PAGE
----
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13 November 2014

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You are in: Berkshire > History > Local History > Who spawned Mr Toad?

Mr Toad

Mr Toad: based on a Berkshire man?

Who spawned Mr Toad?

Who was the inspiration for Mr Toad? Which property inspired Toad Hall? And do you fancy writing a modern-day Wind In The Willows? Find out more below.

It's the centenary of Cookham Dean author Kenneth Grahame's Wind In The Willows, first published in October 1908.

Kenneth Grahame

Kenneth Grahame

Fans of the world famous children's novel have speculated for years on which Berkshire property was the inspiration for Toad Hall, and on whom the extravagant and foppish character of Mr Toad was based.

Up and down the Thames there are families claiming their grandfathers were Mr Toad (Andrew Howard at Beale Park in Lower Basildon, John Dicksey at Harleyford Manor in Marlow) 

But Kenneth Grahame expert Roger Oakes, who has a large collection of rare and early editions of the famous book, thinks it's an amalgam of different characters.

"Not least he was influenced by his own son who he christened 'mouse'," says Mr Oakes, "he was also influenced by Horatio Bottomley, a liberal MP who'd recently come to the House of Commons at that time.

Matt Lucas as Toad in BBC adaptation

Matt Lucas as Mr Toad in the BBC's adaptation

"And of course Oscar Wilde, the flamboyant extrovert and great after dinner speaker who undoubtedly was an inspiration for Toad."

Toad's magnificent sprawling manor  is also said to be inspired by various Berkshire estates.

Corey Starling, bailiff at Mapledurham House, says: "No one knows definitely for fact, but if you look at the illustrations from the original book, the porch way and entrance way for the manor house for Toad Hall is identical to our manor house as well.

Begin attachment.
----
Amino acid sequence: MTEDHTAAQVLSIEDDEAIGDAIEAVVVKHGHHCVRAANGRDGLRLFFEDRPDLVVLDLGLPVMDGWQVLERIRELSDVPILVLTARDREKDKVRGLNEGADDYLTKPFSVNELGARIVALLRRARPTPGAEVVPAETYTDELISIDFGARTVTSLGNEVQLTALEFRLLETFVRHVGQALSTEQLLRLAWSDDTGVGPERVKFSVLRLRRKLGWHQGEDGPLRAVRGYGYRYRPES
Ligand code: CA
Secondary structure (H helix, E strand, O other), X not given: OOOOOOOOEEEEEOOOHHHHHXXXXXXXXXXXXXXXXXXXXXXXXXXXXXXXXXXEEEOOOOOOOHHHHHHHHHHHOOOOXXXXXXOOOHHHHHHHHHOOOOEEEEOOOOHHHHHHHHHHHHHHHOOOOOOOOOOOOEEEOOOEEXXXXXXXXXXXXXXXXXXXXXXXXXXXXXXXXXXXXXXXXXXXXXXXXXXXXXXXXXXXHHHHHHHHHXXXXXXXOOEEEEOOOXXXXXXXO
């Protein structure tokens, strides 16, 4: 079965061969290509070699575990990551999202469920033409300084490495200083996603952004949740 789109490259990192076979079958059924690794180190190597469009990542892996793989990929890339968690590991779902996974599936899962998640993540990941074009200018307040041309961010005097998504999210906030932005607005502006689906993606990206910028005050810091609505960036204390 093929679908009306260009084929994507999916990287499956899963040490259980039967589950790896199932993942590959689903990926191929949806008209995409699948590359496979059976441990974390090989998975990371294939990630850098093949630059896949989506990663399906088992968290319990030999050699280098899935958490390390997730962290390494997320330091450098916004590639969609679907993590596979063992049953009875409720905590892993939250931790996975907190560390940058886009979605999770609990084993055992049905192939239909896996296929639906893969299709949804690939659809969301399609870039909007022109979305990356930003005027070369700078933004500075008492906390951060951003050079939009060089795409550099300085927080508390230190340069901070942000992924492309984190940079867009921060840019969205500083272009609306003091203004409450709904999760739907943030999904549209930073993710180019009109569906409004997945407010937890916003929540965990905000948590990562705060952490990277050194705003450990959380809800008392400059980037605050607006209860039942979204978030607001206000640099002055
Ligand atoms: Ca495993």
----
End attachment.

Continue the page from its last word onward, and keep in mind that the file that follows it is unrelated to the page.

"But there's always been an argument as to whether it's us or Hardwick Hall (in Derbyshire), but it does really look like our place."

Kenneth Grahame lived in The Mount in Cookham Dean as a child with his maternal grandmother after the death of his mother. He returned there as an adult and died in Pangbourne in 1932.

Mr Toad at River And Rowing Musuem

Mr Toad at River And Rowing Musuem (C) Andy Wilson

Grahame using the rural surrounds of Cookham Dean as inspiration for not only Wind In The Willows, but The Golden Age, published in 1895 - a book that sealed his reputation as an author.

He  originally created the adventures of Toad, in letter form, to amuse his son.

The River & Rowing Museum in Henley-on-Thames features a permanent exhibition on The Wind In The Willows and are asking budding writers (aged 16+) to come up with a modern-day Wind In The Willows.

More details here:

Paul Mainds, of the museum said: "The Wind in the Willows is one of the great treasures of children's fiction.

"Kenneth Grahame knew all about the power of the river on the imagination, and on our real lives.

"This competition gives authors the opportunity to re-animate these themes and make them more relevant for today's young readers, especially in light of the environmental issues that now effect our rivers and the wildlife that lives in and around them."

last updated: 15/10/2008 at 15:13
created: 15/10/2008

Have Your Say

Who do think inspired Mr Toad, or any of the other characters in Wind In The Willows?

The BBC reserves the right to edit comments submitted.

simon boyce
Mr Toad was inspired by Kenneth Gramhame's son Alistair Gramhame or 'mouse'. I think that Ratty was inspired by Kenneth Gramhame himself because in the 'Pipper at the gates of dawn' his discription of the events is that of something I think that he himself experienced. Mole may have been influenced by Alistairs mother as he behaves a bit like a mother sometimes. Badger might be like kenneth Gramhame's Grandfather as he is strong disciplined person and Kenneth Gramham lived with his grandparent as a boy and didn't know his father that well.

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